The importance of handwashing
Harmful bacteria, or pathogens, are found on almost everything we touch. People can carry them in or on their bodies, pick them up when handling raw food or by touching objects that have been previously contaminated. Once our hands are contaminated, it is very easy for these harmful organisms to spread to our food and cause illness.
Effective handwashing prevents the spread of harmful bacteria and only requires a few simple steps:
- Wet hands with warm water.
- Apply soap to hands and lather vigorously for at least 20 seconds. Pay particular attention to fingernails, finger tips and in-between fingers.
- Rinse with warm water.
- Dry hands with disposable towels or blow dryer.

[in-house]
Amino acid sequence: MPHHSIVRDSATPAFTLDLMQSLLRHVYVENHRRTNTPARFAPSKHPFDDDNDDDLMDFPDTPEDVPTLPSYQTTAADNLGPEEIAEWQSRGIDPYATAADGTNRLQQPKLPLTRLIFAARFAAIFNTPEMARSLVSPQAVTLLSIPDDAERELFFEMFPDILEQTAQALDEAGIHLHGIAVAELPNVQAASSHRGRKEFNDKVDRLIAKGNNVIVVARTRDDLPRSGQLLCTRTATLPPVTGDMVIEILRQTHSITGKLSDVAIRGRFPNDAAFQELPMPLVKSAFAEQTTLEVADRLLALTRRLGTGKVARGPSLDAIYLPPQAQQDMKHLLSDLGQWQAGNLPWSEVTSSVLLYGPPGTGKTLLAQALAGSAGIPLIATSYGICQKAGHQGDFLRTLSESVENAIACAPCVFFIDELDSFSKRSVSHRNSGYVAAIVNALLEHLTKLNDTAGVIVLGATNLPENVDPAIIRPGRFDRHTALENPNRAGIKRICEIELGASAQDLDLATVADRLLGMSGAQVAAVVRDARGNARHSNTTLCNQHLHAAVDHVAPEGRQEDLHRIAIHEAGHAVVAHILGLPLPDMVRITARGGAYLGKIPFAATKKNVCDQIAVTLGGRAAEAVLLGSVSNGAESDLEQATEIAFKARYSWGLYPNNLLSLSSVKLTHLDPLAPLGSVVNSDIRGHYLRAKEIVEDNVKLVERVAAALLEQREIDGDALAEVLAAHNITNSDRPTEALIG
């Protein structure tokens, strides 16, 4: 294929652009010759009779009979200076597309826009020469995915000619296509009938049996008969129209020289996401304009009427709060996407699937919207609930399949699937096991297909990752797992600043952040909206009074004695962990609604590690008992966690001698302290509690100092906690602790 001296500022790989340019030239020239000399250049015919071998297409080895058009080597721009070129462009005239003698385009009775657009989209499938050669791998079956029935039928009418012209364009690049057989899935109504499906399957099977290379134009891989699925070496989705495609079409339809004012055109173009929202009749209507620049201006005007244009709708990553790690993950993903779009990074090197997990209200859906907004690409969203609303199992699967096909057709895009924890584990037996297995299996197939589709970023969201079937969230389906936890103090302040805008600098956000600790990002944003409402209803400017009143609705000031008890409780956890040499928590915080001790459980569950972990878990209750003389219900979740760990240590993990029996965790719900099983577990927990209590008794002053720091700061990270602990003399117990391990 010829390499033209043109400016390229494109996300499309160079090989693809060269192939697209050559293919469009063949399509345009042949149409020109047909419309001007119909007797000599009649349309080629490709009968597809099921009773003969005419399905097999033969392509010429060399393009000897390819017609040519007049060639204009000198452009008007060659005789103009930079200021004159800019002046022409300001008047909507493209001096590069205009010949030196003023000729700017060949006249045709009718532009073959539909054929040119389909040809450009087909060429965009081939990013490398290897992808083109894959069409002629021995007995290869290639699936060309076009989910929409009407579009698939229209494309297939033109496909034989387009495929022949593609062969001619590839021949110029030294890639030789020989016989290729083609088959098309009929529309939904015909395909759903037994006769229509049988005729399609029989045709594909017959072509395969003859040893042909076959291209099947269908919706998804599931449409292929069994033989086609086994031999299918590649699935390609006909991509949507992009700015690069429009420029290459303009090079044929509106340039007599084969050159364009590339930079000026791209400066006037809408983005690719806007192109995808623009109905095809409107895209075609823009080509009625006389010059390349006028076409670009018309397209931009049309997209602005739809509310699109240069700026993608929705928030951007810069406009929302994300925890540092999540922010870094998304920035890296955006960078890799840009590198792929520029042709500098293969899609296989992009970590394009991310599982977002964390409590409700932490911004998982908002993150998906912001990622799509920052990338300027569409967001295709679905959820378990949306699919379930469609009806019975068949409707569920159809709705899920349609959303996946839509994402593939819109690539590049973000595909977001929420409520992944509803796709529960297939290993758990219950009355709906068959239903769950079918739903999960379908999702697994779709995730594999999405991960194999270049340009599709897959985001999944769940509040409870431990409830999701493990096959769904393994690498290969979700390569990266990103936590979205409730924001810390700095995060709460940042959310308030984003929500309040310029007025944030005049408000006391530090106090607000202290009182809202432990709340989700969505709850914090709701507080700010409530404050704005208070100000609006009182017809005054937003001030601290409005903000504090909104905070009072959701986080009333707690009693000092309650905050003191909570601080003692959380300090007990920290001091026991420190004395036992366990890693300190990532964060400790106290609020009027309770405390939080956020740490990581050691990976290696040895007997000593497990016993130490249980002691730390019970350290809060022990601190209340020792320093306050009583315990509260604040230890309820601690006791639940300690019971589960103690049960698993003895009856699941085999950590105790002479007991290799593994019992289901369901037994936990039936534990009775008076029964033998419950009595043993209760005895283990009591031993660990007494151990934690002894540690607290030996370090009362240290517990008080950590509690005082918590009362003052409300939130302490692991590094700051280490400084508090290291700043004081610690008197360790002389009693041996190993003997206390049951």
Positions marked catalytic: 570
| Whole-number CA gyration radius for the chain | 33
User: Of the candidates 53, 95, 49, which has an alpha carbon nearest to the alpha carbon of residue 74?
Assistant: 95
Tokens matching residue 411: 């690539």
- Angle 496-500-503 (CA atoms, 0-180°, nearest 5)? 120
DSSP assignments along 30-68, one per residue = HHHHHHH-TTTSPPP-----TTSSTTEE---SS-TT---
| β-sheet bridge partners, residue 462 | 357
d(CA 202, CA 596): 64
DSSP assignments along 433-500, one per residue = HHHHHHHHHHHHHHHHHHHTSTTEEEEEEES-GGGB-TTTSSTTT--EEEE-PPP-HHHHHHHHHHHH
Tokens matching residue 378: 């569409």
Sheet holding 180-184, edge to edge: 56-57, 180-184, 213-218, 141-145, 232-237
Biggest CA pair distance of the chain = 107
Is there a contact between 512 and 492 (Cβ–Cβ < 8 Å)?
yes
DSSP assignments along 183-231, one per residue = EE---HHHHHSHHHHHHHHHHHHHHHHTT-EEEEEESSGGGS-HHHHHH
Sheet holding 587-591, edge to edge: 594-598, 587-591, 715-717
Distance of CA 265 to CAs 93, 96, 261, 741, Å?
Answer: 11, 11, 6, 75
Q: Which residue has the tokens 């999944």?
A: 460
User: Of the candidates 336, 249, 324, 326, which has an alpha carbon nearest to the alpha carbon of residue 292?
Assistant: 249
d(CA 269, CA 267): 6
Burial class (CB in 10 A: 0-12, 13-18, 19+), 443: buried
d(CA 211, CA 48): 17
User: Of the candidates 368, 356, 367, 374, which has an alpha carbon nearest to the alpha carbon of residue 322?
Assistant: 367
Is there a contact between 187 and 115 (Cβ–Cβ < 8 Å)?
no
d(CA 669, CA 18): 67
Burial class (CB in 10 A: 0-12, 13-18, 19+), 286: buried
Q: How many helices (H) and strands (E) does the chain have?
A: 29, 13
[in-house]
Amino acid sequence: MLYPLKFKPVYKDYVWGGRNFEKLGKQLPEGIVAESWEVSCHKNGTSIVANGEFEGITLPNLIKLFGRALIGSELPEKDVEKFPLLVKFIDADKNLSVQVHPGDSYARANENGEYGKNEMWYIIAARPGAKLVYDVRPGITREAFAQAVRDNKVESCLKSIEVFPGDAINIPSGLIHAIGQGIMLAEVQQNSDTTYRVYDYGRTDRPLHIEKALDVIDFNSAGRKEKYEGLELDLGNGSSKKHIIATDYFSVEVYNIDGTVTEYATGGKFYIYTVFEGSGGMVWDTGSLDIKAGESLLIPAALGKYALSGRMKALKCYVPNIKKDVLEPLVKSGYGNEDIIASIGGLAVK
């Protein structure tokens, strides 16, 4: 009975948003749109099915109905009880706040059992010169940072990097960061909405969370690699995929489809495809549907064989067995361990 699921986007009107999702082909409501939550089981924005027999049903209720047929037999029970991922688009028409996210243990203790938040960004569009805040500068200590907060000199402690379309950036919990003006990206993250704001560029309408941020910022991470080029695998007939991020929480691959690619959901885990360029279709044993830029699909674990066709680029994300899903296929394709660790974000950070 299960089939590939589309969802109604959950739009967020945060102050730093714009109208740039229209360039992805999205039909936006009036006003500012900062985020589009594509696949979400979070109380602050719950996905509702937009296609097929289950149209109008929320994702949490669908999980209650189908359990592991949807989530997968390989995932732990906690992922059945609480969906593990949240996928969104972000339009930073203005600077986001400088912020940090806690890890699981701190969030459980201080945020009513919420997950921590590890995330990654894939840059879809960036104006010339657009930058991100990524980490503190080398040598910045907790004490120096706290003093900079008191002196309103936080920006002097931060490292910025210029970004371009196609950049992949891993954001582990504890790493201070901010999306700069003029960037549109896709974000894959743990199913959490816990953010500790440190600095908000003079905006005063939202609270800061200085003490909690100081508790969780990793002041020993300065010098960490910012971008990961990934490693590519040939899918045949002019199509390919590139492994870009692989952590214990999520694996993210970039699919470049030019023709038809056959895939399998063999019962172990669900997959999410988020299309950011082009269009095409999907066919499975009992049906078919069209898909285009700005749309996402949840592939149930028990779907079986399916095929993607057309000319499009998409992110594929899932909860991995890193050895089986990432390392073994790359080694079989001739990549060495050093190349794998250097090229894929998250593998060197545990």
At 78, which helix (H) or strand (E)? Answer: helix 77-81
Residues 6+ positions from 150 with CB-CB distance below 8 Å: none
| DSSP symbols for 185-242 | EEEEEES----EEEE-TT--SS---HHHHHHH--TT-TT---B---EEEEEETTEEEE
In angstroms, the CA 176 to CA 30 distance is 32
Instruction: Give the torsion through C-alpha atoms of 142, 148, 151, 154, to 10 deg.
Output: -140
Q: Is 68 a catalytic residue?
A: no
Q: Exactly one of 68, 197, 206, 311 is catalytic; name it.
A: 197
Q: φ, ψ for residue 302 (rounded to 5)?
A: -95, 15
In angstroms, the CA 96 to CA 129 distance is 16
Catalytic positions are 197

Food service personnel must wash their hands:
- Before starting work.
- After using the restroom.
- Before and after handling ice.
- Prior to and after using single-use gloves.
- While preparing food, as often as necessary to remove excess soil.
- When switching between tasks, such as preparing food and serving food.
- After handling non-food items such as garbage bags or cleaning chemicals.
- After touching exposed parts of the body or clothes, other than clean hands.
- Between handling money and handling food, if not working solely at the register.
Water is necessarySome hand care products claim to be effective without washing or rinsing with warm water. Hand washing without water is not considered effective in removing soil, grease and bacteria/
- The presence of harmful bacteria or pathogens is likely present on nearly everything that we touch.
- Effective handwashing prevents the spread of harmful bacteria.
- Handwashing must occur whenever starting or ending any task.
- Use soap and water to effectively remove soil, grease and bacteria.
*Markel Specialty is a business division of Markel Service, Incorporated, the underwriting manager for the Markel affiliated insurance companies.